Welcome to Skin.igxe.com Global Skins Marketplace
EPICENTER: Moscow playoffs preview SKIN.IGXE.COM

During one of the off-days between EPICENTER: Moscow groups and playoffs, we took the time to delve into the quarter-final match-ups and semi-final teams in the following playoffs preview.

 

EPICENTER: Moscow's group stage was played in a rather unconventional format: a best-of-two round robin from which the first teams advanced directly to semi-finals, while teams who finished second and third secured a place in quarter-finals.

 

Group A unfolded in the worst possible scenario. All matches ended up with each team grabbing one map, so the final standings came down to total round difference in the four-way tie. Natus Vincere finished first with +7, G2 second with +2 and dignitas third with +1, while NiP exited the competition with a -10 round difference.

 

 

Group B wasn't short of its own surprises. HellRaisers took a map off fnatic and Virtus.pro, but still finished in last place due to a crushing loss to SK. With two ties and a solid win over the Brazilians, Filip "NEO" Kubski's squad advanced to semi-finals, leaving fnatic and SK second and third respectively at a 3-3 record.

 

That means Virtus.pro's side of the bracket will see G2 facing SK in quarter-finals. On the other side Natus Vincere are waiting for the result of fnatic and dignitas.

 

Without further ado, let's delve into the quarter-final matches in the following preview. Read on to find out more about the six remaining teams, such as head-to-head history, strengths and weaknesses of their map pools, best performing players in Moscow and more:

 

 

In G2's most successful period yet, from May to July, they met SK (previously Luminosity) on four occasions: twice at ESL Pro League Season 3 Finals, in ECS Season 1 grand final and in ESL One Cologne's Group of Death.

 

During those three months, SK and G2 split two titles and exchanged the two group stage encounters. In those four encounters they shared 246 rounds on the server, an average of over 27 rounds per map, which made it one of the most exciting rivalries of 2016.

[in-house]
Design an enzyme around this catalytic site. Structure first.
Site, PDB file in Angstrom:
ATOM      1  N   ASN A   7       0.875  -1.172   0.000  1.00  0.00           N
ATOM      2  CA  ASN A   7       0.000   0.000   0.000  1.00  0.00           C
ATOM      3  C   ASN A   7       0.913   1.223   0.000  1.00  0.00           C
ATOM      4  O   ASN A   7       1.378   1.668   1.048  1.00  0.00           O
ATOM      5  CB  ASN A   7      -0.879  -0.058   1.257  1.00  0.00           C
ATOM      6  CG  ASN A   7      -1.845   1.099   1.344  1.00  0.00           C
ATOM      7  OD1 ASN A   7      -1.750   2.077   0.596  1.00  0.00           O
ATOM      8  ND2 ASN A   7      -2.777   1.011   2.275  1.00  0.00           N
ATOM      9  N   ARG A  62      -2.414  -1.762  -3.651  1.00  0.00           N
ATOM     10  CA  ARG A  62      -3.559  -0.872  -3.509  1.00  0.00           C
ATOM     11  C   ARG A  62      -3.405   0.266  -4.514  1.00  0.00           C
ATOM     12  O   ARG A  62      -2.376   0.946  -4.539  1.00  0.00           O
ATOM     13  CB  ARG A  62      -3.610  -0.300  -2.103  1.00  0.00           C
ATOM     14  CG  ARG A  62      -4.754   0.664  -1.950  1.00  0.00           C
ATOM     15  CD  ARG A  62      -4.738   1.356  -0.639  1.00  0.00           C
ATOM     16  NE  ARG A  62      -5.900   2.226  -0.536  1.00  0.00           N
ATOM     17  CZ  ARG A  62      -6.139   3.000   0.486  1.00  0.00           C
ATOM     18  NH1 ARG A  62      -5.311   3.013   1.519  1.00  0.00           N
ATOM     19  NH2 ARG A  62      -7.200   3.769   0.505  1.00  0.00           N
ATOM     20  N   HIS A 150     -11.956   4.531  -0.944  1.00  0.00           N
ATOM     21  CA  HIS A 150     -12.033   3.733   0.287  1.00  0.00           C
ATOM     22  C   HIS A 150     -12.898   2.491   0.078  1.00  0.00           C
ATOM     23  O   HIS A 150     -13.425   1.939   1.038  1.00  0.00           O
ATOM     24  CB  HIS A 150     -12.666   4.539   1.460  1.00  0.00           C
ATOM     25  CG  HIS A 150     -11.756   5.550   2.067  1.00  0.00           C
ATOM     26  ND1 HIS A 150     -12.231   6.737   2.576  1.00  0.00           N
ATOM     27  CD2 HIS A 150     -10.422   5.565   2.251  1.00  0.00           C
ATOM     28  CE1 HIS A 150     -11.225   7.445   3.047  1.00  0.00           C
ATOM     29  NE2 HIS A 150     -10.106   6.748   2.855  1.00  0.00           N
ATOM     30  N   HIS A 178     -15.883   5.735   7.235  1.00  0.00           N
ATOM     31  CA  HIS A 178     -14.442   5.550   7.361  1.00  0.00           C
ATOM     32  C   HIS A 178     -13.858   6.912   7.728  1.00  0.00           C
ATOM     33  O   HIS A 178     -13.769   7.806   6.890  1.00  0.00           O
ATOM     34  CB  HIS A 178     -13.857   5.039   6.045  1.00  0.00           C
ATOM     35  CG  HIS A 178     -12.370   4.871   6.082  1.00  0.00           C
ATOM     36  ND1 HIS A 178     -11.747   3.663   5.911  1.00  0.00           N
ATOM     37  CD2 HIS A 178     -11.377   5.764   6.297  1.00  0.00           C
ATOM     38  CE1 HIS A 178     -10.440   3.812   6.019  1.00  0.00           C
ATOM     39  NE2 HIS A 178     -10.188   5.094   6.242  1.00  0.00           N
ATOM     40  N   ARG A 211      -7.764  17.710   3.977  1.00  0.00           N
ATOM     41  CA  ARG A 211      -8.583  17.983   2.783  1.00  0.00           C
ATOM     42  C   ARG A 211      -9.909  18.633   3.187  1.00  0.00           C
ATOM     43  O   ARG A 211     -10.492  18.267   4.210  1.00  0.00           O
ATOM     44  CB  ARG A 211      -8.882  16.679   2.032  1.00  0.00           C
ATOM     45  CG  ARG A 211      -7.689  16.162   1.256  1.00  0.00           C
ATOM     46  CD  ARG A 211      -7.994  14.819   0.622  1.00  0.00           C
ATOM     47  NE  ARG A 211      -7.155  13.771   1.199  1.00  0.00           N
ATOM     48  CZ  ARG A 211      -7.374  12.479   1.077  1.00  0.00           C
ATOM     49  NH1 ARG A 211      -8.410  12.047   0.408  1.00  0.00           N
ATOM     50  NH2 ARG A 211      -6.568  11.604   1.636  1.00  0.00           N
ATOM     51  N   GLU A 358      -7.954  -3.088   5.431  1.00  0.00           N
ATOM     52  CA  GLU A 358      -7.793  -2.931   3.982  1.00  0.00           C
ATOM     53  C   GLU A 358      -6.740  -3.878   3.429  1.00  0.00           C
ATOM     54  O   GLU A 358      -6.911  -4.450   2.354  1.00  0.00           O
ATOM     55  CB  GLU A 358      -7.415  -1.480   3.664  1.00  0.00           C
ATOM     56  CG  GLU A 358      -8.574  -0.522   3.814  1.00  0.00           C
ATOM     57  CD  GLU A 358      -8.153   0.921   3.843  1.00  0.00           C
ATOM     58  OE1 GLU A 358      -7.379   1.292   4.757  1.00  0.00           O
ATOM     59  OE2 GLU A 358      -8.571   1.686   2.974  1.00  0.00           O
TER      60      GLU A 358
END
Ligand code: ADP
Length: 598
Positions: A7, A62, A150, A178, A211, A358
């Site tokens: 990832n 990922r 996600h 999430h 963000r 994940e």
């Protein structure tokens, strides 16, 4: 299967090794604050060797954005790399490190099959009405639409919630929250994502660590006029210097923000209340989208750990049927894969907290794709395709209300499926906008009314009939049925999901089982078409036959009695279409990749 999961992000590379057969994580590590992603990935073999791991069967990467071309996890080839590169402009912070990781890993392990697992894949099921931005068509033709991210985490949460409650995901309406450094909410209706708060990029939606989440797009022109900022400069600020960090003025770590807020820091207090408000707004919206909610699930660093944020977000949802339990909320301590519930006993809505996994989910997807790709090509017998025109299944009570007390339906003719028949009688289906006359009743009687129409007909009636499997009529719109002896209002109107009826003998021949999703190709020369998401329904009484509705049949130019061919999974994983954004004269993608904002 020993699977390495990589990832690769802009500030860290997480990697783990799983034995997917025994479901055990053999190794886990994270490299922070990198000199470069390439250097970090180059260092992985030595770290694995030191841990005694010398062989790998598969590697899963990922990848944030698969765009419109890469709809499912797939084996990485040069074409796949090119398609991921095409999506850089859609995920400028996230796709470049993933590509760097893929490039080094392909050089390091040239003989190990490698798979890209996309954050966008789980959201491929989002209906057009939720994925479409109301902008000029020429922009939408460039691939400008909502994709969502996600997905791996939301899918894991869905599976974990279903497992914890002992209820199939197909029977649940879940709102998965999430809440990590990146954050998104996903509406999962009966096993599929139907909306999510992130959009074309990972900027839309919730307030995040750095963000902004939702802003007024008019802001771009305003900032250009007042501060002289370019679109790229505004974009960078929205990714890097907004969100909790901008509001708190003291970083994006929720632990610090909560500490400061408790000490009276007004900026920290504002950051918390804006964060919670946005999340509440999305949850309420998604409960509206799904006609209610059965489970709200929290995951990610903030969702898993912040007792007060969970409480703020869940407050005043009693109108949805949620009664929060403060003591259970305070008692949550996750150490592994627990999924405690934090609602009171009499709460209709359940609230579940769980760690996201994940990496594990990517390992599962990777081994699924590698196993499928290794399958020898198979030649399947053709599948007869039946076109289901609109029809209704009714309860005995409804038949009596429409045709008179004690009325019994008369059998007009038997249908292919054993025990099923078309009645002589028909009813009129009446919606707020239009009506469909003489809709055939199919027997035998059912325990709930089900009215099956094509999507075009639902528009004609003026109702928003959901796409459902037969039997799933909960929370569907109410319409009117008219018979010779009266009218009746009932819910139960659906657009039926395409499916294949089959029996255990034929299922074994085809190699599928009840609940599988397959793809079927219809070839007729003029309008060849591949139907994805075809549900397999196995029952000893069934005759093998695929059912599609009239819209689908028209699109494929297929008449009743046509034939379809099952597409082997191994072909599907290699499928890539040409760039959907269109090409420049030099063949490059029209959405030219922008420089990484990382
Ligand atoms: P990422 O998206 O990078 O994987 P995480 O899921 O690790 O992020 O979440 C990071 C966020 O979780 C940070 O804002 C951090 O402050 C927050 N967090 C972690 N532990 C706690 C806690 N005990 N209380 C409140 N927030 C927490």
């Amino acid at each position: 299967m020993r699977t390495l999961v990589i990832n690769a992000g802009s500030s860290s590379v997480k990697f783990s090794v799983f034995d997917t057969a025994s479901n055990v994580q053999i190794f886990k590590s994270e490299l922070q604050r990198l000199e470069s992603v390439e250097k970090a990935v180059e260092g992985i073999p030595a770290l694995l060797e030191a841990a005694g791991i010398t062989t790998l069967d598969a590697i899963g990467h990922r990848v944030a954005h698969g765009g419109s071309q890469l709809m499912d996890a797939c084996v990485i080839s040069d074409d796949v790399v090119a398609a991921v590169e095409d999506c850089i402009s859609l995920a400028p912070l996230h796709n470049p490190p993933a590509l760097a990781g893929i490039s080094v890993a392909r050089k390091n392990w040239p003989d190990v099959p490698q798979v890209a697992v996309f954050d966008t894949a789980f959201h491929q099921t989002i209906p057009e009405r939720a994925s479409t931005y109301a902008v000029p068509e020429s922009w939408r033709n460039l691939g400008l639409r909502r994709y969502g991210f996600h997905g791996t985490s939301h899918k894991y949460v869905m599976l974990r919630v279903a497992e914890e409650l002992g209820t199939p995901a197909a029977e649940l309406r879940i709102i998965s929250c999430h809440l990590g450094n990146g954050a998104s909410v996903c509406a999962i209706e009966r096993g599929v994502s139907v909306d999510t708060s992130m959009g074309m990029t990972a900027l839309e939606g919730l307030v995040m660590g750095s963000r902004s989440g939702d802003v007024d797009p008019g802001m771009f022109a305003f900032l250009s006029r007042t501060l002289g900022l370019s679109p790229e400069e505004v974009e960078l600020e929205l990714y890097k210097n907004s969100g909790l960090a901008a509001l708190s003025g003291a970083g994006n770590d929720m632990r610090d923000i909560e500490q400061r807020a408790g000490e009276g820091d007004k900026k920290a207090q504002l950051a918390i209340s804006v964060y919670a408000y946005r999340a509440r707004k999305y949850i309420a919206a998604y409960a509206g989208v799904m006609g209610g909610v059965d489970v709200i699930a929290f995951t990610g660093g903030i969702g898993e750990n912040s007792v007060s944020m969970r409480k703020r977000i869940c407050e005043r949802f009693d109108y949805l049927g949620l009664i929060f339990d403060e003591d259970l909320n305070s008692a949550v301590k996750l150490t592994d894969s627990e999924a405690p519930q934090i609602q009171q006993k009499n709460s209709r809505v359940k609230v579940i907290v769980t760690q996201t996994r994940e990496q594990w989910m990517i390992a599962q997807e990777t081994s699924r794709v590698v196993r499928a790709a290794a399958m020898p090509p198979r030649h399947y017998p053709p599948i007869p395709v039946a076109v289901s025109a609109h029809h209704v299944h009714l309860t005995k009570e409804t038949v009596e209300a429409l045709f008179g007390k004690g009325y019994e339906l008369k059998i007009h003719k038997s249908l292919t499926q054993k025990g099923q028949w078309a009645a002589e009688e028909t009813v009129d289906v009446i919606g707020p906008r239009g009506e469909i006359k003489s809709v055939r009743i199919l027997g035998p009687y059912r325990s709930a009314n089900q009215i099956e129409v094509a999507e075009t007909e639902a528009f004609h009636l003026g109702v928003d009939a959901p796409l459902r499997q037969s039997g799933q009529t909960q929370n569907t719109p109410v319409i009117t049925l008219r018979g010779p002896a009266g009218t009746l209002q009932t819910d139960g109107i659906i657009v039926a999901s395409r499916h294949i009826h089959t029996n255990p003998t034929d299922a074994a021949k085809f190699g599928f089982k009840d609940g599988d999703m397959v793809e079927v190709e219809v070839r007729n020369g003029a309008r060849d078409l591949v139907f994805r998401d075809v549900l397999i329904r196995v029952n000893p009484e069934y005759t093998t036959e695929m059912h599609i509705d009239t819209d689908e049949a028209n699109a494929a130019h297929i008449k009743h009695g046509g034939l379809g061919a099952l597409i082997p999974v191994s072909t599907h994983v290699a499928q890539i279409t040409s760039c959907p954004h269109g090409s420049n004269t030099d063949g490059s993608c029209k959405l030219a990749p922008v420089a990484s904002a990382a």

However, the short-lived rivalry paused as the off-season ensued and SK then skipped the first few LAN events. That rivalry now resumes after more than three months, at a time when both teams are looking to prove they can bounce back from recent struggles.

 

 

In EPICENTER's group stage, the usual suspects from both teams have so far delivered. Richard "shox" Papillon and Adil "ScreaM" Benrlitom once again stood at the helm of G2's close yet successful battle in groups, while Marcelo "coldzera" David has been one of the best players with a 1.19 rating (third highest). SK are however still missing one of their stars, as Fernando "fer" Alvarenga continues to struggle to find form after his lengthy break from the game.

 

Prior to the off-season, all five maps the two teams have in common made it through the veto process in the aforementioned four encounters. Since then the first bans haven't changed: G2 continue to avoid Mirage while SK don't play Cache.

 

Teams won't have the luxury of taking two maps out before picks in playoffs. That will put G2 in danger of Nuke, which they've barely played and mostly avoided in groups. Nevertheless, SK are highly unlikely to pick it as they didn't want to risk it even against HellRaisers. G2 should pick Dust2 and I'd put my money on Train for SK due to some of G2's disappointing results on it. As for map three, that could go either way between Overpass and Cobblestone.

 

 

As fnatic have a completely new lineup, they've only met dignitas in ESL Pro League Season 4, where the Danes picked up two wins, on Overpass and on Cobblestone. Online play can't tell us much, so let's take a look at what we've seen so far at EPICENTER to find out what we should focus on in the second quarter-finals.

 

Kristian "k0nfig" Wienecke and Emil "Magiskb0Y" Reif were both in contention for the MVP at WESG Europe & Regional Finals, though it was Wienecke who received the honor when the dust settled in Kiev. This time, the latter was tearing apart the fierce competition in Group A. Reif played amazingly even in some of the losses, especially on Cobblestone against NiP and on Overpass against G2.